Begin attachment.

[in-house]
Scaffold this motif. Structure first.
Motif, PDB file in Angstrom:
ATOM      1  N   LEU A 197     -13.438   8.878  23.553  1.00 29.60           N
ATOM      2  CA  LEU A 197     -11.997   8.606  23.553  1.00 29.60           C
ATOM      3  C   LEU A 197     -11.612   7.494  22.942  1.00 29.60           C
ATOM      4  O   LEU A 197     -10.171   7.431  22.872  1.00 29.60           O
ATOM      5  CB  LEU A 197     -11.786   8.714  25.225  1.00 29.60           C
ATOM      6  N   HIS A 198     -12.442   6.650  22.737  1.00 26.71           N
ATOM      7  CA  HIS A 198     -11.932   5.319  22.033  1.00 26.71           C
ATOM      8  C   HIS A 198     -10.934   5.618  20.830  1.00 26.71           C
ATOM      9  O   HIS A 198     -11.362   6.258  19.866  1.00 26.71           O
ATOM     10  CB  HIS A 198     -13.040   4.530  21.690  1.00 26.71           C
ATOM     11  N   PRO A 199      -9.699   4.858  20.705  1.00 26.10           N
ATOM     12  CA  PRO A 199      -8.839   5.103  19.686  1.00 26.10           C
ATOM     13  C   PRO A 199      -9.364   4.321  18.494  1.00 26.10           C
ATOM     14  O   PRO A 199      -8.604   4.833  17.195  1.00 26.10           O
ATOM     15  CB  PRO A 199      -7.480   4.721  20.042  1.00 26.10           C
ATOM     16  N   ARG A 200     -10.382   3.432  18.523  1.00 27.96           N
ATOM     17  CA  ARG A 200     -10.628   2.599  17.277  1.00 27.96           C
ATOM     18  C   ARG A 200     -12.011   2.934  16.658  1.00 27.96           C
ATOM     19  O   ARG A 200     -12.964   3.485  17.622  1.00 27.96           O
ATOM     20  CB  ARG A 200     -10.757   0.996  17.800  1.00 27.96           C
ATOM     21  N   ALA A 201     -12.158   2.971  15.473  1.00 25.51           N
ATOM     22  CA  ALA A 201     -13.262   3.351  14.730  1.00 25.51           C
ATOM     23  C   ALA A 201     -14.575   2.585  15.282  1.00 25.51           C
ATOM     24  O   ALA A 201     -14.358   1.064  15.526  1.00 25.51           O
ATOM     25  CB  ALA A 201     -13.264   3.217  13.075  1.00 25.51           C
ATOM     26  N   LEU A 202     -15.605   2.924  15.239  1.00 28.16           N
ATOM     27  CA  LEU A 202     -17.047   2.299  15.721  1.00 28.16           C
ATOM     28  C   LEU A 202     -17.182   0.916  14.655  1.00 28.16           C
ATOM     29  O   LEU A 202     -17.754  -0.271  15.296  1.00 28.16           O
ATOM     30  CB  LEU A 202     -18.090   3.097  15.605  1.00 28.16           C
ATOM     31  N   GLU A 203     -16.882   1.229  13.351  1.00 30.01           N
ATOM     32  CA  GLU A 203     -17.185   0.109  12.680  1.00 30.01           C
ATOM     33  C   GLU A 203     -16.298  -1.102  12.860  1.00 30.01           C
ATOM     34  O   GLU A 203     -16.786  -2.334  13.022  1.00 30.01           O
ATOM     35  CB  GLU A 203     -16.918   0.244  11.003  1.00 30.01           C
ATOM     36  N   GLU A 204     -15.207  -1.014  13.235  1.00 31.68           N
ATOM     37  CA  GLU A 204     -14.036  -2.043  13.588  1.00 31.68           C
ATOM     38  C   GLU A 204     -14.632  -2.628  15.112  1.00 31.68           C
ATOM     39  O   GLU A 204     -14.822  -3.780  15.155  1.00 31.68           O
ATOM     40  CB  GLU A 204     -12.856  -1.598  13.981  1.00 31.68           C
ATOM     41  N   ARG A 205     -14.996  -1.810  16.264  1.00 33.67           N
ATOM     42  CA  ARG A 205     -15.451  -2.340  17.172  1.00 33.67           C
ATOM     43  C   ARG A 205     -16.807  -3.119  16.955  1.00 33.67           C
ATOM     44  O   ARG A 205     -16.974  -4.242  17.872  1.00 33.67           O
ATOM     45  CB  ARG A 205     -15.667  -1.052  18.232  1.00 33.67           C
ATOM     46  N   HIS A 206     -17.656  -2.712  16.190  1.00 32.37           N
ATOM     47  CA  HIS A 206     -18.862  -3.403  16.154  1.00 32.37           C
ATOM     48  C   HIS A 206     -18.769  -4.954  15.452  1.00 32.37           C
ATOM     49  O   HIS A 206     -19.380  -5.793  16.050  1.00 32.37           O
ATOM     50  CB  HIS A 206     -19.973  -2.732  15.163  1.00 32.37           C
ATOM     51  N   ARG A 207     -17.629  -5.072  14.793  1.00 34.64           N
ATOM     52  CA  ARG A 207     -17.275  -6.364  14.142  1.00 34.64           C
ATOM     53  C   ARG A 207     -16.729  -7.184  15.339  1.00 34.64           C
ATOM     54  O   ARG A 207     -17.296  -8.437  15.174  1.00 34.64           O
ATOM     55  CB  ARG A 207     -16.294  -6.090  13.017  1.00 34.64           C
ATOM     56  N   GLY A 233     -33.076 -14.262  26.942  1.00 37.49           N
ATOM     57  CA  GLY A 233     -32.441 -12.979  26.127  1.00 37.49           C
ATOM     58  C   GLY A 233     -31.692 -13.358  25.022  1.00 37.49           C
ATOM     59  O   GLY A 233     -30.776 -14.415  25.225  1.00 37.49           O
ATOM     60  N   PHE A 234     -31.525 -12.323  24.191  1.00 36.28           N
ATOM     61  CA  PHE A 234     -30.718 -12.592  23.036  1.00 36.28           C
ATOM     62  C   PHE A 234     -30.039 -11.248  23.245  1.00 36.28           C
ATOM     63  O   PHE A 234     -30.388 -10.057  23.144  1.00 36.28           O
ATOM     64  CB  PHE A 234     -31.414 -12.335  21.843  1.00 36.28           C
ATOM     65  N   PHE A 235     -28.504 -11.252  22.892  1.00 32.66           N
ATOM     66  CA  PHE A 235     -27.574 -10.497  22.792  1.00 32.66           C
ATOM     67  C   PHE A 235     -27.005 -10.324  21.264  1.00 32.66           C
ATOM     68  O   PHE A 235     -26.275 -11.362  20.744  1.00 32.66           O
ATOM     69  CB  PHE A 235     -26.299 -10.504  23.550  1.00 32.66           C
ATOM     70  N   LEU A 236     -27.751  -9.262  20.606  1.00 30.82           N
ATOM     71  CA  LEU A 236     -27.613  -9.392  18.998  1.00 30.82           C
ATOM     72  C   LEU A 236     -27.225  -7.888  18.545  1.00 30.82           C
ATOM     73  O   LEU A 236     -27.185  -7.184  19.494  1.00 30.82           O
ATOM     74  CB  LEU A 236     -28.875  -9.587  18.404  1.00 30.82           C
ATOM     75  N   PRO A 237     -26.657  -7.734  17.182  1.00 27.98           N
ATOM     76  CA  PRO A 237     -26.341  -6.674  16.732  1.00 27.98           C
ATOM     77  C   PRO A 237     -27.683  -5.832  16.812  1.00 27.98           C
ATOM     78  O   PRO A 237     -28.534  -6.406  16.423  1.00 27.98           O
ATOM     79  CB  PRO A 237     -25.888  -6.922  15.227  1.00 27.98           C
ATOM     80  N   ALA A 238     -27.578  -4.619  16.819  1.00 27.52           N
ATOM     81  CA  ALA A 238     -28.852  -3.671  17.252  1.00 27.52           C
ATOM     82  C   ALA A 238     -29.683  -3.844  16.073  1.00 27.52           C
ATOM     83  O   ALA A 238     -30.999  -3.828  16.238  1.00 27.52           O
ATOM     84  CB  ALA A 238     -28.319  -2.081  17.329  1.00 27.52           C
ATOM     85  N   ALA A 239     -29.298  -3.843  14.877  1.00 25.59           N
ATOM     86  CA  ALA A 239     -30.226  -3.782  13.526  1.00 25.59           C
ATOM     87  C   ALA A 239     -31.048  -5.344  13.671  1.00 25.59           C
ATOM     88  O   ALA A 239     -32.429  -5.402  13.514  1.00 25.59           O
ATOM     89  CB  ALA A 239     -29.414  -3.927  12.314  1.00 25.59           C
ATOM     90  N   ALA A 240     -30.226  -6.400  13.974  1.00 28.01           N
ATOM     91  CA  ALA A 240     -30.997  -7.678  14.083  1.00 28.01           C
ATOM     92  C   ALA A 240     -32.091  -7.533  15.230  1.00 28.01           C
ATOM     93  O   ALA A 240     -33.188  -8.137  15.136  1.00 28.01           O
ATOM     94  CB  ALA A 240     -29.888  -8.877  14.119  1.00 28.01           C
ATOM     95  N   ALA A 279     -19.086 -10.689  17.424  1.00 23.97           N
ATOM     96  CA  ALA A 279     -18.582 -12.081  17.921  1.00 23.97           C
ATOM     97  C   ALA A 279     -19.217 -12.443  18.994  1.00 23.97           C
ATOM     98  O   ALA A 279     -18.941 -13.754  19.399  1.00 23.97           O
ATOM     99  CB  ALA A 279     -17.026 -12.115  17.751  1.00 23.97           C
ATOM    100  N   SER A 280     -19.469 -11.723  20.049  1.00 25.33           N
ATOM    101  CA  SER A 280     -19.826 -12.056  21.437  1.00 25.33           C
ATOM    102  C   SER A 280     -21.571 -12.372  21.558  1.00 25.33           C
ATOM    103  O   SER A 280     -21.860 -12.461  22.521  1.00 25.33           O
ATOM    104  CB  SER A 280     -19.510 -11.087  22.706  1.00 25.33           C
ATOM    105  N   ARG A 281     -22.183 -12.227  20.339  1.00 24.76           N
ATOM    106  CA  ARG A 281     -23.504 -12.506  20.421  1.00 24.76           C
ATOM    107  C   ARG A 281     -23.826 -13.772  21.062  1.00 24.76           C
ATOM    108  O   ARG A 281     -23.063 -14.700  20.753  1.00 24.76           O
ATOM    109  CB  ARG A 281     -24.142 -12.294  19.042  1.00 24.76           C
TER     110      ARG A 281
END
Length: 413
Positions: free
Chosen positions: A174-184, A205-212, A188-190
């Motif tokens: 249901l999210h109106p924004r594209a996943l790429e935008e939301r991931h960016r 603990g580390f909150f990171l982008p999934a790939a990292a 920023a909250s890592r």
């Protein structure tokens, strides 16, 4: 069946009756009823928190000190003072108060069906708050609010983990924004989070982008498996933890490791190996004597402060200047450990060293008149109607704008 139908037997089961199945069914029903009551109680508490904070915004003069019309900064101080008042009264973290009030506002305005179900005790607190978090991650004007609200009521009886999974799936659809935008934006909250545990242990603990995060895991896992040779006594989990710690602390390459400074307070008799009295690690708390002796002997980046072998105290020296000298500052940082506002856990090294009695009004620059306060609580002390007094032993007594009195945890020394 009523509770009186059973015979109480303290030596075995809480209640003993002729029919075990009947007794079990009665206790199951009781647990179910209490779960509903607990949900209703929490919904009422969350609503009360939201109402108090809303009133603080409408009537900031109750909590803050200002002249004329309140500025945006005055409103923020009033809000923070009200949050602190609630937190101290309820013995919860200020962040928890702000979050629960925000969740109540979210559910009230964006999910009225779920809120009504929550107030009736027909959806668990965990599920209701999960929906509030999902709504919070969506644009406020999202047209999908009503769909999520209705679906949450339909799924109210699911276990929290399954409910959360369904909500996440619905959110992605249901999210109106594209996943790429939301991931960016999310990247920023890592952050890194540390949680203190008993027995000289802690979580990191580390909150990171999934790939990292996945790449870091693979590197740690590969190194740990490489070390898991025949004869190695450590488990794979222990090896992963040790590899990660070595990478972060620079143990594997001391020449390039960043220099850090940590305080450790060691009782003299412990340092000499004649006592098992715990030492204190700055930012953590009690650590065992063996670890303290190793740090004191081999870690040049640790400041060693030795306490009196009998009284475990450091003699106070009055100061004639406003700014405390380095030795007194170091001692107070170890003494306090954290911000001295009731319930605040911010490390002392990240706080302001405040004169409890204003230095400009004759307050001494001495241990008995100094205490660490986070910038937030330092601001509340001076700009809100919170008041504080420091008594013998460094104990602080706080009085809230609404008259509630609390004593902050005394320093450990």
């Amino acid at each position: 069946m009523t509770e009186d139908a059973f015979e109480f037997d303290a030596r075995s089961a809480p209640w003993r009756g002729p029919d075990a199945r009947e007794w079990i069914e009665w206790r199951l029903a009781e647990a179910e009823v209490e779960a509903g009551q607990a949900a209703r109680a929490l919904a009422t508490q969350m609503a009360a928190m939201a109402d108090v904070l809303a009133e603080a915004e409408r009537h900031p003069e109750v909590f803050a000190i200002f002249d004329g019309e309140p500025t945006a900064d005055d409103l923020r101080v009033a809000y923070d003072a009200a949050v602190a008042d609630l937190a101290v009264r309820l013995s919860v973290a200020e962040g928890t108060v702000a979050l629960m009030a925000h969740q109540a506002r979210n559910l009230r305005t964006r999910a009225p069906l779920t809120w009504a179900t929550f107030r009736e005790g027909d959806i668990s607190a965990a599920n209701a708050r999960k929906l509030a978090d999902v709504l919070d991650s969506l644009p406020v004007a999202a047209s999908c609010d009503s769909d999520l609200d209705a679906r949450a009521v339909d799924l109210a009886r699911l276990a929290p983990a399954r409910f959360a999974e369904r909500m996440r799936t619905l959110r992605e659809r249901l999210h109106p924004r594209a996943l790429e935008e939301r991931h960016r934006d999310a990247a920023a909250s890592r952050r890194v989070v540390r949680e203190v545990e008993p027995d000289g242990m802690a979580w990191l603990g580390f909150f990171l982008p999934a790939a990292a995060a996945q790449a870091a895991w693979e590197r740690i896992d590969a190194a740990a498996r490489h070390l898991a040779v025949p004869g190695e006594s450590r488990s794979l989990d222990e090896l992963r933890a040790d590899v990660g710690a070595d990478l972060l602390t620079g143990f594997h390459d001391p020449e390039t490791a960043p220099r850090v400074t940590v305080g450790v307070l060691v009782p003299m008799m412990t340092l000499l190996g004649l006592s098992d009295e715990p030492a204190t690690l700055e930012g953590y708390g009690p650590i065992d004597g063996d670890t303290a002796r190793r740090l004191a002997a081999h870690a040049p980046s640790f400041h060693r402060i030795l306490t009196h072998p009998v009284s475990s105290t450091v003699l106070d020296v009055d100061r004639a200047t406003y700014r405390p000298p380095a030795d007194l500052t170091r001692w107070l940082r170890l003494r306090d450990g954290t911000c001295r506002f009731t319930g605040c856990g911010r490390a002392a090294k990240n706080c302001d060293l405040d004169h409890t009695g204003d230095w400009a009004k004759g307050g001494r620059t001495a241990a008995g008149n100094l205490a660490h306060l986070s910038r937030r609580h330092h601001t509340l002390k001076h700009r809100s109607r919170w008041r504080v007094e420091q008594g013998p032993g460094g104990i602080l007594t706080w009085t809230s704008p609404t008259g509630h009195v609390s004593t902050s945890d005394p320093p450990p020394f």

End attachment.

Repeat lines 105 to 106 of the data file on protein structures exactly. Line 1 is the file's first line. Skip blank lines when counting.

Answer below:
ATOM    102  C   SER A 280     -21.571 -12.372  21.558  1.00 25.33           C
ATOM    103  O   SER A 280     -21.860 -12.461  22.521  1.00 25.33           O